“Doubt it. The town has its own magic. Gemelshausen comes and goes. I’ve encountered it upstream. Once, it was five miles north of the temple. Others have seen it even more. Travelers passing through Oupenli told me that Gemelshausen sometimes appears on the coasts of the Complacent Sea.”

“It’s a town that travels?”

“In a way.” Jack tucked his thumbs under the loop of rope that was his belt. “The place never seems to move while you’re on the border, mind you. But you can go in, spend a while, and come out in a different land. It’s akin to the magic of the creek.”

“A wizard once told me that magical lands are the results of violent explosions that bring melted rocks to the surface. Some of those rocks have augury in them. I don’t know what that is, exactly. But he said that magical wars do it, too. Wizards of old could boil the rocks and imbue them with the force of their spells. Whatever happened around here long ago, the creek and the disappearing town got their share.”

“More share than what’s fair, I’d say. All the same, it’s not so bad that we’re missing Gemelshausen. I’m owed something there but it’s not a good time to collect. I’ve got too much to sell in Oupenli already.”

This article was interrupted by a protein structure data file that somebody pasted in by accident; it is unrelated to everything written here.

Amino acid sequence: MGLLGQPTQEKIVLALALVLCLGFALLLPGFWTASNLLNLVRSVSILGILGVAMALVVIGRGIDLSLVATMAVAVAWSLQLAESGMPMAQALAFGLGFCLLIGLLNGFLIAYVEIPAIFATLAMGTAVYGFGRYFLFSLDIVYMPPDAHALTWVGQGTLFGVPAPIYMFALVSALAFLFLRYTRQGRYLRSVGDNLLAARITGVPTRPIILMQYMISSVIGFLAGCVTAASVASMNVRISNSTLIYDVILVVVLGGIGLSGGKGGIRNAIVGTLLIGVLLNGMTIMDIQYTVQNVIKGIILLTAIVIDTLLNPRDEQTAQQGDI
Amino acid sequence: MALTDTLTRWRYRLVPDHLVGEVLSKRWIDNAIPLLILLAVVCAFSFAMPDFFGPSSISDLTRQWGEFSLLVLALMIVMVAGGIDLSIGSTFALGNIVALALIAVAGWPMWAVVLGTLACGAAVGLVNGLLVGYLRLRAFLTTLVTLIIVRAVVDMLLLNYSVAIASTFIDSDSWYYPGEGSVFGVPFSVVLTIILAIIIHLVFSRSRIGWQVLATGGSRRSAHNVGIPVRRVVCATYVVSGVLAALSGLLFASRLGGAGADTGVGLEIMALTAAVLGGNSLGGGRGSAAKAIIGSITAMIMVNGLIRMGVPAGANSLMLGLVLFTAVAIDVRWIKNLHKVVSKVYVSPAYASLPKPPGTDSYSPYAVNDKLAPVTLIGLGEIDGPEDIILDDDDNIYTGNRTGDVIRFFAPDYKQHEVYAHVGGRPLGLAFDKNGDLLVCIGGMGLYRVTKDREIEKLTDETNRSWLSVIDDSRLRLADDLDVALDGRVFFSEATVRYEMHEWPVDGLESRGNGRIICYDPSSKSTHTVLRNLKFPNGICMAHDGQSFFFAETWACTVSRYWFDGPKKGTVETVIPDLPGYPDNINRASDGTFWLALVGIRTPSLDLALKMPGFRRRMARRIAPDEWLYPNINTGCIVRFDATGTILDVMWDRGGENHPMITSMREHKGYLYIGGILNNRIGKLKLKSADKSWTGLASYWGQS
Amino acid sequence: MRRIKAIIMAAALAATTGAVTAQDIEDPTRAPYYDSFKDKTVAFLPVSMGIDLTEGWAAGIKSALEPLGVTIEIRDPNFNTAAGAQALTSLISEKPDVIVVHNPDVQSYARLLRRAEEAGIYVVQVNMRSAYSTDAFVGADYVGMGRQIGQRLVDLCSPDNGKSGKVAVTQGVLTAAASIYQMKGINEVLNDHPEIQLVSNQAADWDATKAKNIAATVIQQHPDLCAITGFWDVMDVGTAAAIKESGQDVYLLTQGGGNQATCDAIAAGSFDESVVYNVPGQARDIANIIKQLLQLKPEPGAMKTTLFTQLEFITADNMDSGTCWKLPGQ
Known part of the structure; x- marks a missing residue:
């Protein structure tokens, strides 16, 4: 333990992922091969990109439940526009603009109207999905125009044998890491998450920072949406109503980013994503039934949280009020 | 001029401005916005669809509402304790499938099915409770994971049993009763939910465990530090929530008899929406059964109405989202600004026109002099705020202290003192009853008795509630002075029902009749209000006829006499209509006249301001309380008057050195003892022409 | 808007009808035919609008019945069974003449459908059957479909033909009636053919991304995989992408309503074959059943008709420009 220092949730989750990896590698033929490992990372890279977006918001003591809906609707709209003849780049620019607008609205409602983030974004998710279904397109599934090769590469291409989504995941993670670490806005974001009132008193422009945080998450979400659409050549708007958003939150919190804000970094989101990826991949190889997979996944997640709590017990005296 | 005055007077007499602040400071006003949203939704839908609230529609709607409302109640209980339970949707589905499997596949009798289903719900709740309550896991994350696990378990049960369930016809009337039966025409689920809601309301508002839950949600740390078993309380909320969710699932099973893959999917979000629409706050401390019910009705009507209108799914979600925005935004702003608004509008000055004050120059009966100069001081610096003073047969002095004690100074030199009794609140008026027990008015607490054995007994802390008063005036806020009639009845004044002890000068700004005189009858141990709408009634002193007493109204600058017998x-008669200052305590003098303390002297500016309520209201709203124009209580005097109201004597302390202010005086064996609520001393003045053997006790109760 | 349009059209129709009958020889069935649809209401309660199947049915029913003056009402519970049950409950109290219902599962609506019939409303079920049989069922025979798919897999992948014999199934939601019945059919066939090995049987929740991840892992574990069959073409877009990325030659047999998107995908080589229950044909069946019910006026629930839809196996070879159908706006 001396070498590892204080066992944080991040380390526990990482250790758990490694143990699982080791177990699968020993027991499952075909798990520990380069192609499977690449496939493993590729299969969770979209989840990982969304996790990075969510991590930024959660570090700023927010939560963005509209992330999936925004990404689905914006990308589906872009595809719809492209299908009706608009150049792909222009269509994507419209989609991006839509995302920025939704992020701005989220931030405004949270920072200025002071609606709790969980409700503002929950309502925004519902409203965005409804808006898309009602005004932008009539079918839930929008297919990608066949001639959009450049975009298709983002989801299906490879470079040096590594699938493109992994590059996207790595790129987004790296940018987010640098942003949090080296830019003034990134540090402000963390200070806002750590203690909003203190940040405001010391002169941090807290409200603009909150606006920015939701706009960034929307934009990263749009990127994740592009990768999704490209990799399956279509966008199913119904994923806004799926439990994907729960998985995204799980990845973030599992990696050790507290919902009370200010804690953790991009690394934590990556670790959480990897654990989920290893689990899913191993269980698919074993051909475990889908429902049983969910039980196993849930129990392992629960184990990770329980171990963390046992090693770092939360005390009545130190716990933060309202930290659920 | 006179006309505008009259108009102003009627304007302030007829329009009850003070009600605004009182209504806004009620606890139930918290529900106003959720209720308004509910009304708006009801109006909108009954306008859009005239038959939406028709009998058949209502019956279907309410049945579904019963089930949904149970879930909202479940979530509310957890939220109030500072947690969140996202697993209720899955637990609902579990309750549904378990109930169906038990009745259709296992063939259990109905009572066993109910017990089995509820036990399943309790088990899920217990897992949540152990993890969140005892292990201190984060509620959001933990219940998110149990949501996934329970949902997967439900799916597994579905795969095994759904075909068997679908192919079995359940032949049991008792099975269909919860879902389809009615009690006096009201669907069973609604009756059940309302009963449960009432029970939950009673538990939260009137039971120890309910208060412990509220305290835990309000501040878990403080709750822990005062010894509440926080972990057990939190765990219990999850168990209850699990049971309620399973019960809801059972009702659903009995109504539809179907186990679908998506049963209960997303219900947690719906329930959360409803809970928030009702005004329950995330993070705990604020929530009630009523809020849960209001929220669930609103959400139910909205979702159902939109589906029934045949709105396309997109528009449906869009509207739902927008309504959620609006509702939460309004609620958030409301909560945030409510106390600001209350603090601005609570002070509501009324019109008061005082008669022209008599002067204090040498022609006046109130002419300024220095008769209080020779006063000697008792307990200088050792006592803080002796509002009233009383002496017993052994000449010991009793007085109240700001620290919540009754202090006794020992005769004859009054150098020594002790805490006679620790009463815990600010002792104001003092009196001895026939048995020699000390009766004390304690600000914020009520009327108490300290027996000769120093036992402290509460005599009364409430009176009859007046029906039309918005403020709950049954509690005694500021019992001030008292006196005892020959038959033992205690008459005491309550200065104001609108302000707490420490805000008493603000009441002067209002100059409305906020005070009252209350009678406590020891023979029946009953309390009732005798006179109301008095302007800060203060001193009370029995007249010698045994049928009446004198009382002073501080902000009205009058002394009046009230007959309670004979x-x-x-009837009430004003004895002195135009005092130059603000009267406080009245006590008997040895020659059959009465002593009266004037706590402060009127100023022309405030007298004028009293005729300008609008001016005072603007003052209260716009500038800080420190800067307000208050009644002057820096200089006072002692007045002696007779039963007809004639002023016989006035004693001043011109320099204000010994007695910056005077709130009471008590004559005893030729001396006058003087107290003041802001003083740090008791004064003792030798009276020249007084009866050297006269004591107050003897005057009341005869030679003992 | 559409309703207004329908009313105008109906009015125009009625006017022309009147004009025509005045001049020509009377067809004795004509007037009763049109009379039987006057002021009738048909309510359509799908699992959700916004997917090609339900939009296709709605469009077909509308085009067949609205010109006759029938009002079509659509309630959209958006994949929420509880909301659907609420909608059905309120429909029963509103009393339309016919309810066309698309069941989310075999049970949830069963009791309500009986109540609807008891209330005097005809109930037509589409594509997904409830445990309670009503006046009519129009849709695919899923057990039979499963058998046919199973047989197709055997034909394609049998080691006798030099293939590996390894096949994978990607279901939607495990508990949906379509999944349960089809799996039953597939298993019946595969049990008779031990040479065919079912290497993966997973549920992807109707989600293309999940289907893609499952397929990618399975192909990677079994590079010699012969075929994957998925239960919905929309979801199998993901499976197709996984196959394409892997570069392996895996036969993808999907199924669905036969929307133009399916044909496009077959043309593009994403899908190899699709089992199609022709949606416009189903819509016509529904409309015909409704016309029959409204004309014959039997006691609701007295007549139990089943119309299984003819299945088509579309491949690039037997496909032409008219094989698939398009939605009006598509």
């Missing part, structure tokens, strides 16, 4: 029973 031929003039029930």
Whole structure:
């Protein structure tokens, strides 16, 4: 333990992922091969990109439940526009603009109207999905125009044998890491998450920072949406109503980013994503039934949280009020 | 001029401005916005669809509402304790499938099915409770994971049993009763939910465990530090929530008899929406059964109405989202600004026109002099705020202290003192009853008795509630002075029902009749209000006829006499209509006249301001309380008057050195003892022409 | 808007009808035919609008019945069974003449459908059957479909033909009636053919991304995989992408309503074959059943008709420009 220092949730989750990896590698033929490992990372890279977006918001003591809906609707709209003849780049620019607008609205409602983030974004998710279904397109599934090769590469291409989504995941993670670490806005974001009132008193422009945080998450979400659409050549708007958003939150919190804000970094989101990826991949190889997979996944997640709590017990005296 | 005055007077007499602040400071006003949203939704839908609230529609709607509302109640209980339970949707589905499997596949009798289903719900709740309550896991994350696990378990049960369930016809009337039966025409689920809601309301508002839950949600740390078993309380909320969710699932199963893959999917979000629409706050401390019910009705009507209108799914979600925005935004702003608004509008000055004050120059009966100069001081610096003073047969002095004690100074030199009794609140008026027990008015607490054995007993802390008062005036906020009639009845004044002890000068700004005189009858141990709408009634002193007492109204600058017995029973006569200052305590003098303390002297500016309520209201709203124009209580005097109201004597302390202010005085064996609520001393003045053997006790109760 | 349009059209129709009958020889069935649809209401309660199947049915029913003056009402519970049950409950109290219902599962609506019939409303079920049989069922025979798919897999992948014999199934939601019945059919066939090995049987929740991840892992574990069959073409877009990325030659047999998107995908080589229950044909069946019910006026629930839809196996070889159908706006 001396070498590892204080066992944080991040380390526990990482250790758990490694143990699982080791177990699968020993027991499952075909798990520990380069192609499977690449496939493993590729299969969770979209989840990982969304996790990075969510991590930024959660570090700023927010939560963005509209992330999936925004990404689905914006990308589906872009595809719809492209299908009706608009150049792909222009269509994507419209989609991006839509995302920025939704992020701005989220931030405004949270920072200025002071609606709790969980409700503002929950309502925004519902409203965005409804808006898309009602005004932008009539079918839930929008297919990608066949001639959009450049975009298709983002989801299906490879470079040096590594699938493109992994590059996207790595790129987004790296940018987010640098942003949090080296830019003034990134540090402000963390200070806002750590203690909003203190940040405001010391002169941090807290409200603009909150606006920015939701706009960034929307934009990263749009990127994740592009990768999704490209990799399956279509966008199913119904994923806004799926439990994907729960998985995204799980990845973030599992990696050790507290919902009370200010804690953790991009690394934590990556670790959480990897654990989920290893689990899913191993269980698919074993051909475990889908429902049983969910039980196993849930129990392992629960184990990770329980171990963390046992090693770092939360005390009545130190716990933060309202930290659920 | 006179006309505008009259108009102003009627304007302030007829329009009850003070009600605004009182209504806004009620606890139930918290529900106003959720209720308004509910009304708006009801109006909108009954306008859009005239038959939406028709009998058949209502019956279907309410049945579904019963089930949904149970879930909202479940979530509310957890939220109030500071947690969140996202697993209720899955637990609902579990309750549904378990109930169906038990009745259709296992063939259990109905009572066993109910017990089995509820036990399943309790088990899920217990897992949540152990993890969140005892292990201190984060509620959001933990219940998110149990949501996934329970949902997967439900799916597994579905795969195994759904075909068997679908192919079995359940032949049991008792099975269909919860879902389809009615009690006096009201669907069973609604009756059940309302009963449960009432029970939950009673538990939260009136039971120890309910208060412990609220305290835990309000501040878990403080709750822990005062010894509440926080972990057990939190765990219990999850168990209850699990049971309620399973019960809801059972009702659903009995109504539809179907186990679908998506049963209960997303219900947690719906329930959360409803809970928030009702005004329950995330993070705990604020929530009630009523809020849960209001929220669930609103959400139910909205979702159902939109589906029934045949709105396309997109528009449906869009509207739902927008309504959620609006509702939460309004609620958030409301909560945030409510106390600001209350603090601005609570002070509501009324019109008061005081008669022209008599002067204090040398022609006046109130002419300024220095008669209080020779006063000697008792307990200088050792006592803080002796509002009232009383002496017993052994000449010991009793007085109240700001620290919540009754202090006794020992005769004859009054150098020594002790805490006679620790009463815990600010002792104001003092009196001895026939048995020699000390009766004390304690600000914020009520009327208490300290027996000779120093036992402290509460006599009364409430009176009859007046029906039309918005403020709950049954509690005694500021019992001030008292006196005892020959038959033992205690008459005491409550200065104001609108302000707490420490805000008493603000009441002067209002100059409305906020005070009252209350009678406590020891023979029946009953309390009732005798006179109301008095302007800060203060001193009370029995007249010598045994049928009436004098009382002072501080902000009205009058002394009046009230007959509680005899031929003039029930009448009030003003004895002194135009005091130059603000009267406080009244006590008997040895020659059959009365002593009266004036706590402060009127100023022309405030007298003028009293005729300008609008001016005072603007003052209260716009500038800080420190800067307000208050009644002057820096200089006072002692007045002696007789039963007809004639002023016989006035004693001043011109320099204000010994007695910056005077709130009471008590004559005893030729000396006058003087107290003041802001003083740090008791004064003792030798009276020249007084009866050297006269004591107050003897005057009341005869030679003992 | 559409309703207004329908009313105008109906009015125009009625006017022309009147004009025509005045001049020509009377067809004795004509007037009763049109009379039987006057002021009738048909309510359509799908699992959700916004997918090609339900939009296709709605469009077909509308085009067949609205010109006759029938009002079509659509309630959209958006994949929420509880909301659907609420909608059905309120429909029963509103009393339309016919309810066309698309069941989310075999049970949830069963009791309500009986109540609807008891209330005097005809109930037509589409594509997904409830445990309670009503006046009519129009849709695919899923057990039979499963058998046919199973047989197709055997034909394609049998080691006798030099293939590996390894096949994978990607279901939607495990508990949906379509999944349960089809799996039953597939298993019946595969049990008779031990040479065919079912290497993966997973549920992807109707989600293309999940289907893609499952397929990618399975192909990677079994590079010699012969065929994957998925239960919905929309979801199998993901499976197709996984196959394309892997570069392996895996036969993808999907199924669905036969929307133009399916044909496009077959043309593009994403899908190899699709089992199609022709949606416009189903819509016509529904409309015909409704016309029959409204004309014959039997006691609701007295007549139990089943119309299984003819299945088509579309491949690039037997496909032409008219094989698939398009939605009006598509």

“Will that be a problem?”

“A merchant is waiting for my last spring shipment. He’s expecting a certain amount of meat, mead, wine, and whiskey. Those are things he can sell. I’ve got more than he expects and all sorts of pickled goods. Can he afford them? Probably not all of them together. That means selling at reduced prices to other traders.”

“Reduced?” Denario frowned. His boat was part of the extra goods.

“Well, now.” Jack lowered his chin and chuckled. “Sometimes it’s higher prices. We’ll see. For sure, I’ll not be poor, and not just me. We’ll all end up with money in our pockets.”

The accountant’s pack was too heavy. He couldn’t have carried it this far on foot. Fortunately, Oupenli had bank offices. Denario leaned back for a moment as he planned his sequence of saving, spending, and selling.